Comic book features questionably public domain Mickey Mouse comics from the 1930s, complete with suicidal gunplay and racist imagery

The Uncensored Mouse is a 1989 comic book series. The issues were published with a black cover and no mention of Walt Disney or Mickey Mouse. Inside each comic is 40 pages of 1930s Mickey Mouse newspaper strips drawn by Floyd Gottfredson. Two issues were printed and a third was in the works before Disney's lawyers shut it down.

Cartoonist Kayfabe shows interior pages and discusses this odd comic.

From Wikipedia:

According to conventional wisdom cited by scholar Thomas Inge, the 1930 Mickey Mouse strips had fallen into the public domain in 1986.[2] Comics historian Bill Blackbeard discovered this supposed fact in his research, and Malibu Graphics considered it an opportunity to present this early material.[3]

Not wanting to draw the wrath of the notoriously protective Walt Disney Company, Eternity printed the comic with completely black covers that did not mention the name "Mickey Mouse". Instead, The Uncensored Mouse cover described the book as "A classic collection of uncensored Floyd Gottfredson comic strips from the 1930s". The comic was sold in a bag, so that potential customers wouldn't flip through it in the store and think it was an official Disney product.[3]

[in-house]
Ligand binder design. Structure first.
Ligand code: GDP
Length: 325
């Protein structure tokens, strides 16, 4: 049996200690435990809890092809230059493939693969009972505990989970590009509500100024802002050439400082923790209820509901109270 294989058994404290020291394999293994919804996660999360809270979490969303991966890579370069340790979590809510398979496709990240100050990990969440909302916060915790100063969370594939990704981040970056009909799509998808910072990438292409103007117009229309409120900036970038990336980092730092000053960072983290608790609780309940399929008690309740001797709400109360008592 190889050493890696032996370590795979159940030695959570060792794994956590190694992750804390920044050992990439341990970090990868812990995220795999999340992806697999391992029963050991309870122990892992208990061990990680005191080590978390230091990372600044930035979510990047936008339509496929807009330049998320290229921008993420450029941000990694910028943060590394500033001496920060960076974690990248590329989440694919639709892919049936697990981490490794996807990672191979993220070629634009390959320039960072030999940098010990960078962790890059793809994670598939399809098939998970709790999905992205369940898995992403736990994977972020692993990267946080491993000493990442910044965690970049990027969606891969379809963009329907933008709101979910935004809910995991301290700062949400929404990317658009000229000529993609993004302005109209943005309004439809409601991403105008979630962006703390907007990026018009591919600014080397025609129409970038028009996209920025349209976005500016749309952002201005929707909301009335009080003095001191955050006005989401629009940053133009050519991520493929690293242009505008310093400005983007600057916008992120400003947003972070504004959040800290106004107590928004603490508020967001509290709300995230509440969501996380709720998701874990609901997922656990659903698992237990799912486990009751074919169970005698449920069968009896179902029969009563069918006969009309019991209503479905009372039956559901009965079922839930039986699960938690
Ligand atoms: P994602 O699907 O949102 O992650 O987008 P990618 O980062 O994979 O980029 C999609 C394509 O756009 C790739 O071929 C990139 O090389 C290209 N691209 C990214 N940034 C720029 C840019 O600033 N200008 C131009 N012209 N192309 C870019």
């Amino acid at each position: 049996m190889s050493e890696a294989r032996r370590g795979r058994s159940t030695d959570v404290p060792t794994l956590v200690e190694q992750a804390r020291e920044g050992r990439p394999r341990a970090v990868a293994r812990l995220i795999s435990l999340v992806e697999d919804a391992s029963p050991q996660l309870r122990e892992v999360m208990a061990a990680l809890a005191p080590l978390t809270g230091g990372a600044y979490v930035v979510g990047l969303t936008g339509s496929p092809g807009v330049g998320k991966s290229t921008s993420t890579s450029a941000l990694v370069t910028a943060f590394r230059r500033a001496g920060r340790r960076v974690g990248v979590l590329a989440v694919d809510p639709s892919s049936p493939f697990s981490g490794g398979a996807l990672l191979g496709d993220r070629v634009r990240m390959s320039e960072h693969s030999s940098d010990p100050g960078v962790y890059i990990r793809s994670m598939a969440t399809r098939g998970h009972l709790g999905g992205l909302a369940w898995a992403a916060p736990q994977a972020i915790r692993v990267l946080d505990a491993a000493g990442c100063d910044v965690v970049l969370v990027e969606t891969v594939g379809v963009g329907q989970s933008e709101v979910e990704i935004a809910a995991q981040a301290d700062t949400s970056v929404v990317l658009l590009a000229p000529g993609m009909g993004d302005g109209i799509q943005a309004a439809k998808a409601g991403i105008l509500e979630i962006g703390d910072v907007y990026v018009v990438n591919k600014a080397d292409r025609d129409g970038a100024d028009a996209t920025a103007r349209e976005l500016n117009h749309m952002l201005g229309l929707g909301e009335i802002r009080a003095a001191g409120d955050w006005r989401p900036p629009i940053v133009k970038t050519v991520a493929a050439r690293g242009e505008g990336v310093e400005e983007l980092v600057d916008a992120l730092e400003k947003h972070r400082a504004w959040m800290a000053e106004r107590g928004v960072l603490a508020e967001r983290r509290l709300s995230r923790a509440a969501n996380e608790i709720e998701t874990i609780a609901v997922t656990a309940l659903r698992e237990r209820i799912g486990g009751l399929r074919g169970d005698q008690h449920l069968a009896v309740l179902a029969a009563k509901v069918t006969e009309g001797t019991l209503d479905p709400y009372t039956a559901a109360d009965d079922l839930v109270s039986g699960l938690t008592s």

The first issue contained strips from January 13 to March 5, 1930, about two-thirds of the way through "Lost on a Desert Island";[4] the second issue printed the March 6 to April 26 strips, completing "Desert Island" and beginning "Mickey Mouse in Death Valley".[5] A third issue was planned, and the company hoped to publish all of the strips up to the mid-1930s.[3]

Disney brought an action against Malibu, claiming that the comic infringed on their copyrights. While, as noted above, it was popularly assumed that the strips in The Uncensored Mouse were in the public domain—and Blackbeard and Malibu evidently believed they were—the first week of strips was actually copyrighted on January 3, 1930[6] and renewed September 23, 1957.[7] At the time of The Uncensored Mouse, this renewal effectively protected the first week of strips for 75 years from publication:[8] in effect, through 2005.

A story about the lawsuit was broadcast on the syndicated entertainment news program Entertainment Tonight on April 20, 1989.[9] Disney and Malibu settled the suit before it went to court, and Malibu did not publish any further Mickey Mouse strips.[3] In 1998, Disney and other companies lobbied Congress to support the Copyright Term Extension Act, which extended the copyright on Mickey Mouse items through at least 2023.[10]

While Disney comics fans in the United States feared, following the cancellation of The Uncensored Mouse, that the early years of Mickey Mouse would never be reprinted, the complete run of the strip was eventually published in the Walt Disney's Mickey Mouse collection published by Fantagraphics Books. The first volume, 2011's "Race to Death Valley", reprinted both the "Desert Island" and "Death Valley" sequences, although the first story was printed in an "archival feature" section in the back of the book, with an explanation of the historical context for the African stereotypes.[11]